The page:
James Saunders from IndigenousX and award-winning filmmaker Yaara Bou Melhem are JNI’s first Australian Journalists-in-Residence. They were announced during an event at the Institute’s Chippendale headquarters on Thursday.
The Institute’s Journalist-in-Residence Program gives working journalists, as well as those involved in the production of news and factual content, an opportunity to undertake a deeper piece of work at the Institute.
The program has two streams. The Australian stream is named after Catherine Martin, the inaugural winner of the Gold Walkley award in 1978. The International stream is named after celebrated war correspondent and author Alan Moorehead.
As Catherine Martin Journalists-in-Residence, James and Yaara will work on significant individual projects and will also participate in the Institute’s activities and events.
James’s project will focus on helping other young Indigenous journalists and content creators to use social media more effectively to tell stories about First Nations life in Australia. James will conduct a series of workshops at the Institute with young participants from across Australia.
Yaara will use her time at the Institute to work on a documentary mapping the tens of thousands of inactive mines in Australia, highlighting the environmental and financial impact of these sites.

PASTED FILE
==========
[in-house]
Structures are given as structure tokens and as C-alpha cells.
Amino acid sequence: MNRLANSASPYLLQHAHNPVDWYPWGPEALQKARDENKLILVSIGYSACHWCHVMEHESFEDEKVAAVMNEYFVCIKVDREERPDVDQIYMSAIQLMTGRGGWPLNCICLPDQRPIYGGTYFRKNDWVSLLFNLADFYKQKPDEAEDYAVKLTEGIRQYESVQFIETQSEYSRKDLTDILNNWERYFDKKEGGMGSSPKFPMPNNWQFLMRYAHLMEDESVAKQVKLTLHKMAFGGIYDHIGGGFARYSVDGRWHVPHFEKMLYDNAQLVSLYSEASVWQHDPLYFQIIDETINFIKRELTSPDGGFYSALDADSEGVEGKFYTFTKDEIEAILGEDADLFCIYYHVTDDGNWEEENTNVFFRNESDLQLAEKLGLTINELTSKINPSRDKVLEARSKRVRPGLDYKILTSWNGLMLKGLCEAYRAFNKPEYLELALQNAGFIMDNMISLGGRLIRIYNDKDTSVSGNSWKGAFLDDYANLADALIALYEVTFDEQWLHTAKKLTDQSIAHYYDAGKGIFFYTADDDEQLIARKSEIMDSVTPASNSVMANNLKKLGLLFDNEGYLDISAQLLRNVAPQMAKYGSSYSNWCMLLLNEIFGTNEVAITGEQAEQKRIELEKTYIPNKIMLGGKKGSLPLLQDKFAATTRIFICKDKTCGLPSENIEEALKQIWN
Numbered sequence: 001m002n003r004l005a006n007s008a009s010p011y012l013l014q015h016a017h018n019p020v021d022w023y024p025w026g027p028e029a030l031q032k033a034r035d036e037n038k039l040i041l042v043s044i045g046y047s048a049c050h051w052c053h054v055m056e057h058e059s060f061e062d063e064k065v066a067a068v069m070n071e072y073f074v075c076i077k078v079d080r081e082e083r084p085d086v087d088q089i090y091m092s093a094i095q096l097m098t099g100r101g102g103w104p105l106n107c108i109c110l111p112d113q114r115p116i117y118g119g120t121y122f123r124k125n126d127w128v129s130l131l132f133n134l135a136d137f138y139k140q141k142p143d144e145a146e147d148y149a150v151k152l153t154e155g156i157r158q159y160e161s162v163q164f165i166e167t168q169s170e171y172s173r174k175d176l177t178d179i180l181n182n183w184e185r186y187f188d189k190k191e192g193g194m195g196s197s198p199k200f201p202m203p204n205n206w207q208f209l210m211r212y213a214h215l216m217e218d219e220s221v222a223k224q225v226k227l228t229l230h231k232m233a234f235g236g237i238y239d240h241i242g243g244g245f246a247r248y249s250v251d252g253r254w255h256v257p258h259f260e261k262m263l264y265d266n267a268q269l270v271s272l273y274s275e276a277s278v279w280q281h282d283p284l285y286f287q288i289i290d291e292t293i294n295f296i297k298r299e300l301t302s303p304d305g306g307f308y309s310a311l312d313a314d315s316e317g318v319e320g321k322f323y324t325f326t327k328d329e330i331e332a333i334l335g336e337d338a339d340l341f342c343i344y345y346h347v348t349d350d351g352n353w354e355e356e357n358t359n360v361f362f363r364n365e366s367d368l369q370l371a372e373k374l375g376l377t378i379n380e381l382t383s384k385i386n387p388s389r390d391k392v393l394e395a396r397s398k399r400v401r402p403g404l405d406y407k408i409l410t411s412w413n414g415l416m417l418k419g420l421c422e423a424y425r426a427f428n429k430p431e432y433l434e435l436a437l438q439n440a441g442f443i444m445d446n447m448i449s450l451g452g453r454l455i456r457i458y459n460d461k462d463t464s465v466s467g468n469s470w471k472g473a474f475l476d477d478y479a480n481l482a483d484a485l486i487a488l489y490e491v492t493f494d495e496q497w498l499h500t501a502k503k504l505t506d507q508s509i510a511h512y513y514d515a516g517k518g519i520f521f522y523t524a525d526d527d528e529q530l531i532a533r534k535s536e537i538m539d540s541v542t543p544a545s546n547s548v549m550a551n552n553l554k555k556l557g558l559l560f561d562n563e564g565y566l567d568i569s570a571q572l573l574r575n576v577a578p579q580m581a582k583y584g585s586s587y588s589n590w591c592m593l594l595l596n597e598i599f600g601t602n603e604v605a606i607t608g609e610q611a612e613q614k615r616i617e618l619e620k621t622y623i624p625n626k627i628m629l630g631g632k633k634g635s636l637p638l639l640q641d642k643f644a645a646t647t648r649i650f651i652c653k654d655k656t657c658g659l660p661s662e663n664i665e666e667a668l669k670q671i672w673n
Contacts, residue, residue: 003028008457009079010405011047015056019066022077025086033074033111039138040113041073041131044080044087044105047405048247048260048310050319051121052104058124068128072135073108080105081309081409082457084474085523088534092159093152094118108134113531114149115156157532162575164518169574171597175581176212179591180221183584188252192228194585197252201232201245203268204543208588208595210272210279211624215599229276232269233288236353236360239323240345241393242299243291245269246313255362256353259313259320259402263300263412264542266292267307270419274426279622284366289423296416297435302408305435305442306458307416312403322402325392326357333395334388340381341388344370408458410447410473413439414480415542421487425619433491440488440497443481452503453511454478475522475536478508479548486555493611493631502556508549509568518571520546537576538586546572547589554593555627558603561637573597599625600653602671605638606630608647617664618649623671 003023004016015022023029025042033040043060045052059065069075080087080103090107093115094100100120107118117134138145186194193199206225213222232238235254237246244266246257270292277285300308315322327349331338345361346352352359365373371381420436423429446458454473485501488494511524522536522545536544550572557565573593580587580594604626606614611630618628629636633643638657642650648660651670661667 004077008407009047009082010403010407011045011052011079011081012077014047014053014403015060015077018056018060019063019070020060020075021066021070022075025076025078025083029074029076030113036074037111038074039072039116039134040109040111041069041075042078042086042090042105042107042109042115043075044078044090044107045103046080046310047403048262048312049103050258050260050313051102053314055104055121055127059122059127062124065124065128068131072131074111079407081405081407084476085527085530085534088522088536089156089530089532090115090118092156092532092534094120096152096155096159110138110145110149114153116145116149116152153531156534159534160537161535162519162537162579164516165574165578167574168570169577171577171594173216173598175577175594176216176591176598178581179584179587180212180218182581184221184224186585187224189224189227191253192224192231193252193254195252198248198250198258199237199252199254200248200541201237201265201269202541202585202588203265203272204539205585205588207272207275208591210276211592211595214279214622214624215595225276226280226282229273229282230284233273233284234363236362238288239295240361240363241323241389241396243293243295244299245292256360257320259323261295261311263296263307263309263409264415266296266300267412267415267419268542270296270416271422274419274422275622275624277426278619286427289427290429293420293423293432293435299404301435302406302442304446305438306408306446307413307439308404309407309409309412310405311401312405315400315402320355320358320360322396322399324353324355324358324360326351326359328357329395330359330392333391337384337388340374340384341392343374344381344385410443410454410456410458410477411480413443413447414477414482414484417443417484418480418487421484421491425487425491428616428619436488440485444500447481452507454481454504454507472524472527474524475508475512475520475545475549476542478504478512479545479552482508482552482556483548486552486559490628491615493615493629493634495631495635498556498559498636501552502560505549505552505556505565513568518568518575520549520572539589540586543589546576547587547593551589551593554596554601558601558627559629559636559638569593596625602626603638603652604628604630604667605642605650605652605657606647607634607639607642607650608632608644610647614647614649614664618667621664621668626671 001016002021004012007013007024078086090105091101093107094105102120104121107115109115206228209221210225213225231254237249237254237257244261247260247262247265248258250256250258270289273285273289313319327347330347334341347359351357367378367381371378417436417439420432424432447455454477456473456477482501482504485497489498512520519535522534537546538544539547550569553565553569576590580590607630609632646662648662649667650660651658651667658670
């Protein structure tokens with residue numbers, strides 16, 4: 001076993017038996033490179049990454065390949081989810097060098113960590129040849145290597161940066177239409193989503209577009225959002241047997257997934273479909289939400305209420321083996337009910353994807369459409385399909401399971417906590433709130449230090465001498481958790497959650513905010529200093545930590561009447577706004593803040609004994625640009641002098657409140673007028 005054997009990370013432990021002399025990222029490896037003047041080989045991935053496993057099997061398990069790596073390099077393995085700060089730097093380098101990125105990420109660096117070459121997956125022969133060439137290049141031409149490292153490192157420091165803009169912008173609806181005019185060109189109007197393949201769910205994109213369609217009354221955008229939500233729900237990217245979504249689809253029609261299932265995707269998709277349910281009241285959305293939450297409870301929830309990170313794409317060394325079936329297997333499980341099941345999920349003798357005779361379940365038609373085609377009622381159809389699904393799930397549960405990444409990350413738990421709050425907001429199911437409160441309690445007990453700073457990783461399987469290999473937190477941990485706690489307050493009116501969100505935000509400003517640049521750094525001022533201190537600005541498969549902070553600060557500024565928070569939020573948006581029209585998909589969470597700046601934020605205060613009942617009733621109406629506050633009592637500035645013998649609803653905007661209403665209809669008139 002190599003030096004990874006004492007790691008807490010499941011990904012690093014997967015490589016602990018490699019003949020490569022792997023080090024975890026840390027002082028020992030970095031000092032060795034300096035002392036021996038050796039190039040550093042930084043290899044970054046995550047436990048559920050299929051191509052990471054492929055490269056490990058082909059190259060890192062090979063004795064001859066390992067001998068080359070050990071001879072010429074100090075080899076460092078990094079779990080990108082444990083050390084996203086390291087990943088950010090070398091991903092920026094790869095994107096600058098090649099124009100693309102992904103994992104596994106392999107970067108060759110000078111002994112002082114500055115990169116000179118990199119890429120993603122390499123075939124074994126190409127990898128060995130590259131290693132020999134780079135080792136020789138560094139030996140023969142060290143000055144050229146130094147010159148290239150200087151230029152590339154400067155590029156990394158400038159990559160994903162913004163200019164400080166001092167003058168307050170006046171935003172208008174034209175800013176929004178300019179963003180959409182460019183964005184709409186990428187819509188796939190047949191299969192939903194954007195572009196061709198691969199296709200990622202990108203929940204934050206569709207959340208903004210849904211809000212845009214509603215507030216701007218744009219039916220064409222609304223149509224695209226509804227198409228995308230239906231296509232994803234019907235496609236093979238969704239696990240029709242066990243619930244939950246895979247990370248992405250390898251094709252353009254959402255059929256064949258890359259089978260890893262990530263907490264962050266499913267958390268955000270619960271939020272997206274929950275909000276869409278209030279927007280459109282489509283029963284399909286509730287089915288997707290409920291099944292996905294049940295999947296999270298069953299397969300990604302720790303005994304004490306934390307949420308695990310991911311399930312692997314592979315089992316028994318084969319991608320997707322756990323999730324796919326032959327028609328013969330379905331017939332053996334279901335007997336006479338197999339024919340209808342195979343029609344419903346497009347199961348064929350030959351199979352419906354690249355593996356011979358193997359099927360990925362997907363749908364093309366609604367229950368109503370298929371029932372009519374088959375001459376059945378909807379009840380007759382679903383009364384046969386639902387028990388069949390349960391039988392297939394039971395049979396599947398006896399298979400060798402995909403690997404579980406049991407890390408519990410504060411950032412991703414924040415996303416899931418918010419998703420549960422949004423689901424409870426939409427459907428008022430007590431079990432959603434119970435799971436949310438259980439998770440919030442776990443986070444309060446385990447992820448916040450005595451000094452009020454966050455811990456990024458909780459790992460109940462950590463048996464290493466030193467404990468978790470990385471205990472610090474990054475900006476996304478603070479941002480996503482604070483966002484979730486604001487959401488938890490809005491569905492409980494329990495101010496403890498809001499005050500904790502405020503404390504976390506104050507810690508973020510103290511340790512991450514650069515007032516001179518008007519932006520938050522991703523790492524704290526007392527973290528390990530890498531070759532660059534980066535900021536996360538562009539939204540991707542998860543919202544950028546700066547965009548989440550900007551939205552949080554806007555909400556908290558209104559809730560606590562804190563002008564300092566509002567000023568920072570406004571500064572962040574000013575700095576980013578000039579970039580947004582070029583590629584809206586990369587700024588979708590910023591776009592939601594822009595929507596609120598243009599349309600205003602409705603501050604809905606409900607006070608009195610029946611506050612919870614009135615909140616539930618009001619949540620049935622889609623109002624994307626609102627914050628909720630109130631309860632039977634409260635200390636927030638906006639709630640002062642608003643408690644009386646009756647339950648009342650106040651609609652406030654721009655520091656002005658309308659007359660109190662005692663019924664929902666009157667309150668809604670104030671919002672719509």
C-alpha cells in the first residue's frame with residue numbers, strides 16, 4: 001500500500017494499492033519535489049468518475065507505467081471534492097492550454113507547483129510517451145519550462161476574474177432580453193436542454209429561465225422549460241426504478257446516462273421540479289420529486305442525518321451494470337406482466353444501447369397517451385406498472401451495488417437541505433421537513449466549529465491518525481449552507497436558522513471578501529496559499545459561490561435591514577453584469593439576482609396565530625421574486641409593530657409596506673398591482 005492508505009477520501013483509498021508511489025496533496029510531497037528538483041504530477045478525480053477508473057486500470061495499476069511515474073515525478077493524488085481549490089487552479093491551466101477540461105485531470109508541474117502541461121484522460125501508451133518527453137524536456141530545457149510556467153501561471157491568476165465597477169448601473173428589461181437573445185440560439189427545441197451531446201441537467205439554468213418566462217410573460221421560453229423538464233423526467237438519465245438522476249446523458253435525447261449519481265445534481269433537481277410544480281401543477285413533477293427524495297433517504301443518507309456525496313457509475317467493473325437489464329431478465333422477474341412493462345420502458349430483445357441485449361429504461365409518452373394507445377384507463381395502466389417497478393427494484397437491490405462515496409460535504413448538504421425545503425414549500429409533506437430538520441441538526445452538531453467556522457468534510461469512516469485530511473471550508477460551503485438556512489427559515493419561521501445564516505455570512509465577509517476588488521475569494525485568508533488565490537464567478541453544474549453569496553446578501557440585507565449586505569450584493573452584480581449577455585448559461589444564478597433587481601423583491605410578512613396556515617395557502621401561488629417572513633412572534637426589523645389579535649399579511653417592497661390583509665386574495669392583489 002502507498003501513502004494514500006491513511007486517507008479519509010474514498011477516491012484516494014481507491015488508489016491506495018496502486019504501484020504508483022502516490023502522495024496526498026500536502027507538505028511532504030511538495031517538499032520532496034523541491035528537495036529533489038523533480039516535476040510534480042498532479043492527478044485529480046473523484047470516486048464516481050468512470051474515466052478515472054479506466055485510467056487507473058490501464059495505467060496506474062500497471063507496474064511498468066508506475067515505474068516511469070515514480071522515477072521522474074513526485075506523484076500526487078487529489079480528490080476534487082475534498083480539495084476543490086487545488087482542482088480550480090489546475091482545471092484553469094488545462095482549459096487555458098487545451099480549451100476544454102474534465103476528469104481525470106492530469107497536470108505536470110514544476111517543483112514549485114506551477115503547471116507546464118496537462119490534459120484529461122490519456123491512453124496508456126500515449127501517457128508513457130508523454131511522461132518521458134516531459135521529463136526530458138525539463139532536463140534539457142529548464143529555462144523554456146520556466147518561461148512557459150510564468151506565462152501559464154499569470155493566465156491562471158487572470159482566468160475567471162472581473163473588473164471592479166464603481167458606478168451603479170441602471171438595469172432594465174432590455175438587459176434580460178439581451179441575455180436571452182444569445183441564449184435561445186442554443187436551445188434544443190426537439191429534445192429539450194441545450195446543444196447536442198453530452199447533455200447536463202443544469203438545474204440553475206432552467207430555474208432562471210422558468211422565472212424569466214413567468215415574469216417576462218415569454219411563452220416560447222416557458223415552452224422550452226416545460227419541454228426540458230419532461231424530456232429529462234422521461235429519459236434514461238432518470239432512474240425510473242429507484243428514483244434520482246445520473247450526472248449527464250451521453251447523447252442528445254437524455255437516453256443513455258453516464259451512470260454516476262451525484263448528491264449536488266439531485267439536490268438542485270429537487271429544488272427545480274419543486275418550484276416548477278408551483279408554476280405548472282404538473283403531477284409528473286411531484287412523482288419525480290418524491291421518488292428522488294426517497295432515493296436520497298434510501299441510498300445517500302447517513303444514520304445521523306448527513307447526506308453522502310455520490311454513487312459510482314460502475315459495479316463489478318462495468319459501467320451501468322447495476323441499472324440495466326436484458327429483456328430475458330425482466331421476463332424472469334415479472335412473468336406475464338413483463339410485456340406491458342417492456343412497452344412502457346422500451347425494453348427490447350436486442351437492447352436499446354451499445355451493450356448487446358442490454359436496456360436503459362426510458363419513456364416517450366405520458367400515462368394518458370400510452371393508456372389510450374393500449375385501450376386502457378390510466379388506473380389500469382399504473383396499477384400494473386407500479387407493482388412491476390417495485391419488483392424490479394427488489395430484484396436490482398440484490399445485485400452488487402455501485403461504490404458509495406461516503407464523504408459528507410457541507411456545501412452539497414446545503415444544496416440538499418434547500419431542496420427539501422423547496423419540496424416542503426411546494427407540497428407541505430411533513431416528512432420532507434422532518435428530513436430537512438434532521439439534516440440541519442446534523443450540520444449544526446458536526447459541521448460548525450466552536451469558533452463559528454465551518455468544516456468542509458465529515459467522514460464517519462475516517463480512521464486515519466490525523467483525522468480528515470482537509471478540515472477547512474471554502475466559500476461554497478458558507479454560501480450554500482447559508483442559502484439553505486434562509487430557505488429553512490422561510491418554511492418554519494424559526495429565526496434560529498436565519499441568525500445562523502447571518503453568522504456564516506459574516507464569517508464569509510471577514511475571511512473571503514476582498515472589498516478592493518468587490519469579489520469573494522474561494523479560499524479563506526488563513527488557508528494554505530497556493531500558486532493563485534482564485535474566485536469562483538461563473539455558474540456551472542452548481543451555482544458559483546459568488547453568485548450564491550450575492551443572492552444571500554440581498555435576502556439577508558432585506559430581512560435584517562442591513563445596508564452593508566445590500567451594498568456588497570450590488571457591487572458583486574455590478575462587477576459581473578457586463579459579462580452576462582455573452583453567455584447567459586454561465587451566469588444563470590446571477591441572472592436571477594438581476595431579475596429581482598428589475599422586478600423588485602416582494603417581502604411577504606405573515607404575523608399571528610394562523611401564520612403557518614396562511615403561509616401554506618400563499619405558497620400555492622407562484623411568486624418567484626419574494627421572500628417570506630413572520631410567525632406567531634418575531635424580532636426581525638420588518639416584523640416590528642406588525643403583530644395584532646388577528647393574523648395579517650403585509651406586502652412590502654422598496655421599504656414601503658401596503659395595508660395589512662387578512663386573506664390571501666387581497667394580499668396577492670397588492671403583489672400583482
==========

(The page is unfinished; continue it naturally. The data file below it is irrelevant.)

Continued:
The Journalist-in-Residence Program is a tangible expression of the Institute’s goal to make its Abercrombie Street headquarters a place where journalists can work, learn and collaborate.
‘Trailblazer’ Catherine Martin
Catherine Martin’s daughter Kaye Martin spoke at the program’s launch about her mother’s trailblazing journalism and the impact her reporting had on West Australians’ lives.
“Her exclusive reports on life-threatening diseases, Aboriginal health, and the dangers of smoking and drinking initiated changes in people’s social habits and have been referred to by the medical fraternity as ‘historical documents’,” Kaye Martin said.
“These feature stories focused Government and public attention on serious community health problems, which provoked measures for change.”
In 1978, Catherine Martin won the inaugural Gold Walkley for her reporting on the deadly effects of blue asbestos mining. It was one of 20 awards she won during her 29 years reporting for the West Australian.
Despite her exemplary reporting, Martin was paid less than her male colleagues. So she took matters into her own hands.
“Catherine staged a one-woman strike,” said Kaye Martin.”And, yes, she got what she deserved, an A grade salary.”
Martin was awarded an MBE in recognition of her outstanding service to the community in 1982 and was posthumously inducted into the Australian Media Hall of Fame.
Lessons from a master journalist
Speaking at the launch, The Australian‘s Editor-at-Large and JNI board member Paul Kelly said Alan Moorehead’s legacy should continue to inspire Australian journalists.
“He was a master of what every journalist aspires to achieve; to capture accurately and authentically the times in which he or she lives,” Kelly said.
He said Moorehead had a clear vision of what he wanted to be from a young age.
“At 15 he knew he would become a journalist and a writer, and he knew his stage would be the world,” he said.
“This is the first lesson for any journalist or writer from Moorehead: follow your passion and never forget it.”